The Budget Speech to be presented by Minister Godongwana tomorrow is amid severe crises SA is facing. These include the ongoing loadshedding and broader energy crisis, which has already led to a revision downwards of growth forecasts to Reserve Bank 0.3% (SARB) and 1.6% (National Treasury), the severe crisis in logistics (with particular emphasis on the failures at Transnet, but also related to the crumbling roads infrastructure), the breakdown in law and order and prevalence of organised crime, an impending water crisis and low levels of investment. This is exacerbated by a seeming inability on the part of government to recognise the urgency of addressing these crises and a lack of capacity to implement much needed interventions and reforms.
The private sector has, over the last four years, consistently offered to work with government to bring its capacity and resources to bear in addressing some of these crises, and we have undertaken detailed work on energy, logistics and law and order, but have not been able to convince government to partner with us.
We thus expect Minister Godongwana to pronounce a budget that sends out a clear message that all stops need to be pulled out to enable substantially greater private sector involvement in the socio-economy. The budget must allocate funds, with conditionalities that such funds must be utilised in a way that invites, in real partnership, the private sector to work with government to make a fundamental impact on addressing the crises and instilling confidence in the country, with resultant investment and growth. An example of how the creation of an environment for private sector led growth is the investment into embedded energy after the President announced the lifting of the ceiling to 100MW.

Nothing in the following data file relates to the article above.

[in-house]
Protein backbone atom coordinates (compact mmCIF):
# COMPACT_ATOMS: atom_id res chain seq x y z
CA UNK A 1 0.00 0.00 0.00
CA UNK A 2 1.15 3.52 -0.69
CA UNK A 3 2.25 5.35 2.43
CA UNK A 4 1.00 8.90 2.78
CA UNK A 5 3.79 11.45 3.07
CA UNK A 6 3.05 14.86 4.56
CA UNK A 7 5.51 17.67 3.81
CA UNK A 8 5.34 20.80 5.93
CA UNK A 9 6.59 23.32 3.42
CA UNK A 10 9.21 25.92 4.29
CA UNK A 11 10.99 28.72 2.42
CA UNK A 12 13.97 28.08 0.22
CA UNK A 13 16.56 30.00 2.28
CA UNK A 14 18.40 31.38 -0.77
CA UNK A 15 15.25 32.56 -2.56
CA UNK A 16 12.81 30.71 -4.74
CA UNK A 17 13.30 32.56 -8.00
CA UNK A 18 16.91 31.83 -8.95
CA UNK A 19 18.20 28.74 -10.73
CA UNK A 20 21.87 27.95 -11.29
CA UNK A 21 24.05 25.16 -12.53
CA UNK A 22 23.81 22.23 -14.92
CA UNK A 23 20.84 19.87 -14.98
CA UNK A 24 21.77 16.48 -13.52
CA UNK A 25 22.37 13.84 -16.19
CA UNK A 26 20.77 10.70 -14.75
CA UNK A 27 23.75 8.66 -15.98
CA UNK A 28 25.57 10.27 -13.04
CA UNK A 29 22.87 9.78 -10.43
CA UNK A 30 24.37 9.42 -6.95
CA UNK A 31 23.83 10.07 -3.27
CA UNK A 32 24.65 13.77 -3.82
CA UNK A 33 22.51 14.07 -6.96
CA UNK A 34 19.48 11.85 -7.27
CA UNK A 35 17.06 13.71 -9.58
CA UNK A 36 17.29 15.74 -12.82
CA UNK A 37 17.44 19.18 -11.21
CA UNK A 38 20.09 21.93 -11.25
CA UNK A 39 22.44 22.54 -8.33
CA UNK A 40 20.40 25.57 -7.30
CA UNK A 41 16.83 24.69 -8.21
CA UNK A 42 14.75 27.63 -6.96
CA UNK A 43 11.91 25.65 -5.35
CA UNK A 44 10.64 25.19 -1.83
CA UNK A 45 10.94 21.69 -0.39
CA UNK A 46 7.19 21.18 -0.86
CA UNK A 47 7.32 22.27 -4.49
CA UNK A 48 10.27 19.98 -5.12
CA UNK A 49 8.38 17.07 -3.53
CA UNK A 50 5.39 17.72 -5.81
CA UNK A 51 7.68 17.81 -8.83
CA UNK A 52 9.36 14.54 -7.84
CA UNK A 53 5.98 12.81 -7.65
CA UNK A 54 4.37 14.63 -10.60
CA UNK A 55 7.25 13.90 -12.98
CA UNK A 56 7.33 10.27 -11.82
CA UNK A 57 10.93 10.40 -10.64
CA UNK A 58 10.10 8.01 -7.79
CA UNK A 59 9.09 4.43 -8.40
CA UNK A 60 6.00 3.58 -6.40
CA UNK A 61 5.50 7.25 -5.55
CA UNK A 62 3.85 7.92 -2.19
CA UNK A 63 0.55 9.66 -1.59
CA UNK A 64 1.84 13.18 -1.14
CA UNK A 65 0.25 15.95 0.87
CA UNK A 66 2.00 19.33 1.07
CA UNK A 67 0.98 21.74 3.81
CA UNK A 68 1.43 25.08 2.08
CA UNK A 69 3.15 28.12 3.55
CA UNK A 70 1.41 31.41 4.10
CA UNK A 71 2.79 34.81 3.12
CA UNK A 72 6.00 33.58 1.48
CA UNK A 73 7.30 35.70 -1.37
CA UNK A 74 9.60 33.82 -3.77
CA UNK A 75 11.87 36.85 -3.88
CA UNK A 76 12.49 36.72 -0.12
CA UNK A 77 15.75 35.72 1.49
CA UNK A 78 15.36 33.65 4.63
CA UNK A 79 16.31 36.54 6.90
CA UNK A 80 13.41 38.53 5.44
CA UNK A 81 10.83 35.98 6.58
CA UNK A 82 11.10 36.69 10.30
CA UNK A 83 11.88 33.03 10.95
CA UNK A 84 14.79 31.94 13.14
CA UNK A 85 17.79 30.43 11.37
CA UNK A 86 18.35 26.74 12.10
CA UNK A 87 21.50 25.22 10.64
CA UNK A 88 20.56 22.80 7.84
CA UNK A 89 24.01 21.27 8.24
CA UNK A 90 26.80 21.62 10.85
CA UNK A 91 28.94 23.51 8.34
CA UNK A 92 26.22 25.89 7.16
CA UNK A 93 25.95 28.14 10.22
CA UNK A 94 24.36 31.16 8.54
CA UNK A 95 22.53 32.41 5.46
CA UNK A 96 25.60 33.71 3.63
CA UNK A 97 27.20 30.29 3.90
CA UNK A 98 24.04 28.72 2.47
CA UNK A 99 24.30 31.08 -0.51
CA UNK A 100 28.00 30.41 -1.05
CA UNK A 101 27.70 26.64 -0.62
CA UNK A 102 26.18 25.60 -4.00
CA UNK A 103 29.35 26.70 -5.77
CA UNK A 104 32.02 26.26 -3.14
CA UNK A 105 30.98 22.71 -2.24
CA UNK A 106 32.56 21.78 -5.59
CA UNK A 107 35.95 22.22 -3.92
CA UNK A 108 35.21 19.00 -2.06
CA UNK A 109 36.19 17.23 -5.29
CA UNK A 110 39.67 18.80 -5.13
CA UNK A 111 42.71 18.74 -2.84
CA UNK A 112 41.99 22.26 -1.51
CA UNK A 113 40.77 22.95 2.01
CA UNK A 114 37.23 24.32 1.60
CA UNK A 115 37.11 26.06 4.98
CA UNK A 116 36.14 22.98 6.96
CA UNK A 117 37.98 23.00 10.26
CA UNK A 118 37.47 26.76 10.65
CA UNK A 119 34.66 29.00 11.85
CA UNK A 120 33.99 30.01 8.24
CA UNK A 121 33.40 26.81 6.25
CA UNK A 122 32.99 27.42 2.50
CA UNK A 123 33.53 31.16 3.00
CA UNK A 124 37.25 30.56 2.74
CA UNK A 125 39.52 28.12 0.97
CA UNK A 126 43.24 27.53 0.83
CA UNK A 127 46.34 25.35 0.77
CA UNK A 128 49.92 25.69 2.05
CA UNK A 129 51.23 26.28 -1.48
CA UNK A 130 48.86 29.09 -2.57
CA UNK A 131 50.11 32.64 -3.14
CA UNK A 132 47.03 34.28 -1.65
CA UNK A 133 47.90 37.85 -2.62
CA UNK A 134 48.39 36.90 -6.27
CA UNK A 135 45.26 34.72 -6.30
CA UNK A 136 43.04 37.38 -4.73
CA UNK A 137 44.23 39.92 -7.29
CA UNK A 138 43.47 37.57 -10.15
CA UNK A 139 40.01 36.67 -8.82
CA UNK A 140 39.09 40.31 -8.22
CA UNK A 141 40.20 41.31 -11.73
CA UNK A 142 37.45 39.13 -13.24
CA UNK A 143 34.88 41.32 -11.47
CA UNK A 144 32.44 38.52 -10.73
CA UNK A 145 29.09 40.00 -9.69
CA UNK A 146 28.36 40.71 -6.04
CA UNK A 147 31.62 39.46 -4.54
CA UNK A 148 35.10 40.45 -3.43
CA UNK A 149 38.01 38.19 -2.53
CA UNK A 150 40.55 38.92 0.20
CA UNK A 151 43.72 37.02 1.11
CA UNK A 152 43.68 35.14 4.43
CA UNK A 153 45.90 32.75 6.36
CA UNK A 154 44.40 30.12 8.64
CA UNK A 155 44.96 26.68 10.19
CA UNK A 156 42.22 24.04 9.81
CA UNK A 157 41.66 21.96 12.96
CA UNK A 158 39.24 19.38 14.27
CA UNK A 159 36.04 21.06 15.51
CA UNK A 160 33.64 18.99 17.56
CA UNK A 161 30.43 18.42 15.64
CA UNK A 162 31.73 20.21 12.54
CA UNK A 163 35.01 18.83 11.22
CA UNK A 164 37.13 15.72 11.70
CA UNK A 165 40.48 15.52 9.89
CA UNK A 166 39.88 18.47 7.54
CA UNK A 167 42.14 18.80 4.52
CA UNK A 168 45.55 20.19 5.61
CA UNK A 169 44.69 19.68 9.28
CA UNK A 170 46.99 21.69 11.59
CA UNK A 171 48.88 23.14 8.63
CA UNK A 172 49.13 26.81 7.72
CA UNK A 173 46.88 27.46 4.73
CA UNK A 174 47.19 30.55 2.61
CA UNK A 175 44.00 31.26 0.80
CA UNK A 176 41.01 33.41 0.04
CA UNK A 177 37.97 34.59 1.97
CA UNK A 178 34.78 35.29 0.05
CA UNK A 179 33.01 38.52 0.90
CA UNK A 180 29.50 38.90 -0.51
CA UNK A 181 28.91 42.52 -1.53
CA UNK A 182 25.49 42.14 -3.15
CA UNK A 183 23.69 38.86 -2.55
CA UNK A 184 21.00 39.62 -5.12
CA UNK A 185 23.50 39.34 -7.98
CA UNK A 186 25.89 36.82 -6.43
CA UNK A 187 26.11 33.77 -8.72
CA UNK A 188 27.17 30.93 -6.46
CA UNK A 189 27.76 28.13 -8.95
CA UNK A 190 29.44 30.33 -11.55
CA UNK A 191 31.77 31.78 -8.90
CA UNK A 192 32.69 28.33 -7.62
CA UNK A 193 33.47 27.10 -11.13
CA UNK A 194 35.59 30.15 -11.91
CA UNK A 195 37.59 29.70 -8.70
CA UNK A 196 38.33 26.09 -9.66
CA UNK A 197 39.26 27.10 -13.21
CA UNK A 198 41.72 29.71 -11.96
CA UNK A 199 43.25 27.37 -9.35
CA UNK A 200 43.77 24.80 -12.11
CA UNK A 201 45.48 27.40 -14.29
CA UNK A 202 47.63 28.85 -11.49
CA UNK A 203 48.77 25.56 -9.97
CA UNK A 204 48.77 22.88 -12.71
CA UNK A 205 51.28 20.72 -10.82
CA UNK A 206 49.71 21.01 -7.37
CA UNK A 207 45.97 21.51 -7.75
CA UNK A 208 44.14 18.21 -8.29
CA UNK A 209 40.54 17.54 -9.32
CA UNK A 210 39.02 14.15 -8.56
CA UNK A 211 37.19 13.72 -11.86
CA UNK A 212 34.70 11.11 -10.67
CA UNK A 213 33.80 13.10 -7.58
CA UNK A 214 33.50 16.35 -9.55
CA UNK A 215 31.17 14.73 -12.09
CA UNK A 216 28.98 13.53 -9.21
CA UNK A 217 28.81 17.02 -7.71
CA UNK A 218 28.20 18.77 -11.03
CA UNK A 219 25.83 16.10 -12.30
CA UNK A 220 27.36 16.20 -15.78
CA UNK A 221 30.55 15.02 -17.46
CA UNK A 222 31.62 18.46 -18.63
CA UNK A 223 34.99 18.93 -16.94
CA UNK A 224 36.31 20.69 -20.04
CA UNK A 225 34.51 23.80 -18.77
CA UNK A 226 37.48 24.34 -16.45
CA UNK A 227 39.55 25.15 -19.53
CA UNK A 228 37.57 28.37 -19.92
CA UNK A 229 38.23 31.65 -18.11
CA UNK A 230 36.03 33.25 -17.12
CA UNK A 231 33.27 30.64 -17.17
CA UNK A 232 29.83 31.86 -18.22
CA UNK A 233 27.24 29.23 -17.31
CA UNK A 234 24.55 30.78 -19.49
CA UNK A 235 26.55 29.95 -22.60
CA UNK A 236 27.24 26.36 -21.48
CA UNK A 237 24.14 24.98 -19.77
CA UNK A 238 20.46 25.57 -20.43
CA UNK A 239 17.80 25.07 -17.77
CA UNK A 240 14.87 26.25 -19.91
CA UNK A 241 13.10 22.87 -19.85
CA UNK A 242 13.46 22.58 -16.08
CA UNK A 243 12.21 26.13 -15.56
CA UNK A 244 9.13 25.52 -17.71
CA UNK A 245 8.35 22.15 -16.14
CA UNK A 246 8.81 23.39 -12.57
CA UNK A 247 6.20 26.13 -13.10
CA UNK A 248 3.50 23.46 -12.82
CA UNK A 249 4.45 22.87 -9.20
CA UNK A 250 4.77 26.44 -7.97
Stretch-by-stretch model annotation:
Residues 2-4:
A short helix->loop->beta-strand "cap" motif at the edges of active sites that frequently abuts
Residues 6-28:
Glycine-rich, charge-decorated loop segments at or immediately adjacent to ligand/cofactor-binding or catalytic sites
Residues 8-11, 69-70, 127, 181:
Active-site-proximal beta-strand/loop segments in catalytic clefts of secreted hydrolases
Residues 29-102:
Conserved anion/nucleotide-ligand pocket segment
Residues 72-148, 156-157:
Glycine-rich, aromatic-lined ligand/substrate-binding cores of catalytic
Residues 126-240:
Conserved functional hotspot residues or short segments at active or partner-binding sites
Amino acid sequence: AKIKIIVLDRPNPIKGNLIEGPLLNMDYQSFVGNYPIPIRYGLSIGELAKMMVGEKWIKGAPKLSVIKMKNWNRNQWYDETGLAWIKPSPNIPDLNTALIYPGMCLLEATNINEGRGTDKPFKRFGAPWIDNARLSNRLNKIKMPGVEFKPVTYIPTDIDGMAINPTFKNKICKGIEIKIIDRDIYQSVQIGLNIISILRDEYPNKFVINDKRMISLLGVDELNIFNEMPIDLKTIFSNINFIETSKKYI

We expect Minister Godongwana to address the following matters in his budget:
- Give clarity to the plans for the sovereign to absorb some of ESKOM’s debt.
- Announce subsidies for rooftop solar power, for both commercial and private citizens.
- Defer raising taxes at a time we need to encourage business investment and businesses are reeling under the impact of loadshedding and the logistics problems.
- Increase funding to enable critical action on the crises referred to above but put checks and balances in place to encourage utilisation of funds responsibly and in a way that substantially pulls in the private sector.
- Consider subsidies and facilitation for the manufacture of electric cars, given our reliance on exporting vehicles.
- Give some indication of how government will manage a real risk of “grey listing” by FATF and plans to extricate ourselves from this as quickly as possible.
- Maintain the pattern of limiting expenditure so that we limit borrowing, particularly in a global high interest environment.
In short, we expect the minister to stay the course on moderate growth on the expenditure side and encouraging an environment for investment and growth to enable private sector led growth, which will begin to address the crises we face.
Business Unity SA CEO
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